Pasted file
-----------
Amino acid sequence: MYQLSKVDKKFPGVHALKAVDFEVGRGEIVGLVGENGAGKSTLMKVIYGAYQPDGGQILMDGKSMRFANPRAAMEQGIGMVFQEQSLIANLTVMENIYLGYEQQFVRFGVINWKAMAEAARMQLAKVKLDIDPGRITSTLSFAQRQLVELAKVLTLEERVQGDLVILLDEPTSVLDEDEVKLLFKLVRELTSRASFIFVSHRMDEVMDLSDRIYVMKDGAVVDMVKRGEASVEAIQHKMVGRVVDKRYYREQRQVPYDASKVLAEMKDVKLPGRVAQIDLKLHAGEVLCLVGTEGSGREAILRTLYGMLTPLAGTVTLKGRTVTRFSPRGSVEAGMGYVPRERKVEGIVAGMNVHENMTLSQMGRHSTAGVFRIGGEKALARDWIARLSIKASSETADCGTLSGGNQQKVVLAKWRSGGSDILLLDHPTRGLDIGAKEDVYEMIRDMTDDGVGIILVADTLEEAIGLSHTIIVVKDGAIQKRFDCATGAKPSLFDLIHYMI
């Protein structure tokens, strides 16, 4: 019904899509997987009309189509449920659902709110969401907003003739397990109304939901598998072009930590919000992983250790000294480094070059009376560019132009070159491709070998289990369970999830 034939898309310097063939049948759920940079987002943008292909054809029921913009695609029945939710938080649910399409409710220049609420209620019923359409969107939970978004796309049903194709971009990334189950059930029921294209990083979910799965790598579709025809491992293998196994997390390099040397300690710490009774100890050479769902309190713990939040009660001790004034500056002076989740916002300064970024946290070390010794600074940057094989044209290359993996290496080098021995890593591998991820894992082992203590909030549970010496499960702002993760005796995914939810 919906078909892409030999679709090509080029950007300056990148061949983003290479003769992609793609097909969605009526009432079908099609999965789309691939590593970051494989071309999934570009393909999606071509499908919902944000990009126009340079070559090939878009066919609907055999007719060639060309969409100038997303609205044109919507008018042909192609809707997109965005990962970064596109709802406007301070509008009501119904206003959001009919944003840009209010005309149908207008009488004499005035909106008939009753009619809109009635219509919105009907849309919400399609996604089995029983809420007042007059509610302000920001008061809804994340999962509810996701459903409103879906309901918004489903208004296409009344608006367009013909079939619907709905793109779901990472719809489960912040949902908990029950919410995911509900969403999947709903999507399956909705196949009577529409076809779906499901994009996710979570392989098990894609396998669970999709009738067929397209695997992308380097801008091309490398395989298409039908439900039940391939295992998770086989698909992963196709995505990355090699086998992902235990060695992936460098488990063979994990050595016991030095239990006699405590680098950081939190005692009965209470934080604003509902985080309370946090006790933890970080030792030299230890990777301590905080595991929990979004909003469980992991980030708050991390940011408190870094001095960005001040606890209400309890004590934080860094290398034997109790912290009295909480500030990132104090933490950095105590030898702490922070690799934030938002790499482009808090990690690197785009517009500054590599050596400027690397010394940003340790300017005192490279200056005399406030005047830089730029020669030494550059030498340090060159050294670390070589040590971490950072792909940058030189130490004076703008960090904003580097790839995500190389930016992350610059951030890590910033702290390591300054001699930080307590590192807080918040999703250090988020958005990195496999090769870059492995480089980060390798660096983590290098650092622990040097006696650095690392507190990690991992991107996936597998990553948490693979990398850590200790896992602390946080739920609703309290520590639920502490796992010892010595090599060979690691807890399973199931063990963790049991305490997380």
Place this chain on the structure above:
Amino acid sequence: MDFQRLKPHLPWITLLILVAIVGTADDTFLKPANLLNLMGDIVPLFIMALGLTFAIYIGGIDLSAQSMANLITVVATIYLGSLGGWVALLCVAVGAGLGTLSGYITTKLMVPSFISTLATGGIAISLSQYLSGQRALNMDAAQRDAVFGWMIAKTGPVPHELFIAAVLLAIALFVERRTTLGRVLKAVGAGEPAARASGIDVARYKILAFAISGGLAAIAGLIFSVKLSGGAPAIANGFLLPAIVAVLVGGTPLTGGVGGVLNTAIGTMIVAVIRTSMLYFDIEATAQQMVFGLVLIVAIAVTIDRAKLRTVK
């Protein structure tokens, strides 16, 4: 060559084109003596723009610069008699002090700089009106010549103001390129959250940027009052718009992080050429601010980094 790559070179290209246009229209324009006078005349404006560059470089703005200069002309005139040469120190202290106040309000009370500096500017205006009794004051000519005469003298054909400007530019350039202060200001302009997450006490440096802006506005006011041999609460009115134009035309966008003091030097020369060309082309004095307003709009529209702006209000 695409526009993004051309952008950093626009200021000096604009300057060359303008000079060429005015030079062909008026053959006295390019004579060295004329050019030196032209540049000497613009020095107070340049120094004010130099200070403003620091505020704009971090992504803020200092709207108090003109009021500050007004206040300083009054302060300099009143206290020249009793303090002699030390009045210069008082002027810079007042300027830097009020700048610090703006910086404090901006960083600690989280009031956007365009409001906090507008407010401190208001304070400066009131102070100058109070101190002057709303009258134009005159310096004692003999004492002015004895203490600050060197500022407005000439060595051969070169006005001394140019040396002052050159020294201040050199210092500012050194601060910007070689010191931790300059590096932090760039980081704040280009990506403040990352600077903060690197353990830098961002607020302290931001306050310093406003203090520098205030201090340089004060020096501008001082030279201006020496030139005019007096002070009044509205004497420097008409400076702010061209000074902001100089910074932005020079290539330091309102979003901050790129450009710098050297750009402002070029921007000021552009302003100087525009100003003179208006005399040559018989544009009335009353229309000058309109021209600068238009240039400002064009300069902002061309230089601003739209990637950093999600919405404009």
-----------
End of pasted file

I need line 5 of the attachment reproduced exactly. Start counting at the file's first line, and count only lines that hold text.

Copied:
């Protein structure tokens, strides 16, 4: 060559084109003596723009610069008699002090700089009106010549103001390129959250940027009052718009992080050429601010980094 790559070179290209246009229209324009006078005349404006560059470089703005200069002309005139040469120190202290106040309000009370500096500017205006009794004051000519005469003298054909400007530019350039202060200001302009997450006490440096802006506005006011041999609460009115134009035309966008003091030097020369060309082309004095307003709009529209702006209000 695409526009993004051309952008950093626009200021000096604009300057060359303008000079060429005015030079062909008026053959006295390019004579060295004329050019030196032209540049000497613009020095107070340049120094004010130099200070403003620091505020704009971090992504803020200092709207108090003109009021500050007004206040300083009054302060300099009143206290020249009793303090002699030390009045210069008082002027810079007042300027830097009020700048610090703006910086404090901006960083600690989280009031956007365009409001906090507008407010401190208001304070400066009131102070100058109070101190002057709303009258134009005159310096004692003999004492002015004895203490600050060197500022407005000439060595051969070169006005001394140019040396002052050159020294201040050199210092500012050194601060910007070689010191931790300059590096932090760039980081704040280009990506403040990352600077903060690197353990830098961002607020302290931001306050310093406003203090520098205030201090340089004060020096501008001082030279201006020496030139005019007096002070009044509205004497420097008409400076702010061209000074902001100089910074932005020079290539330091309102979003901050790129450009710098050297750009402002070029921007000021552009302003100087525009100003003179208006005399040559018989544009009335009353229309000058309109021209600068238009240039400002064009300069902002061309230089601003739209990637950093999600919405404009």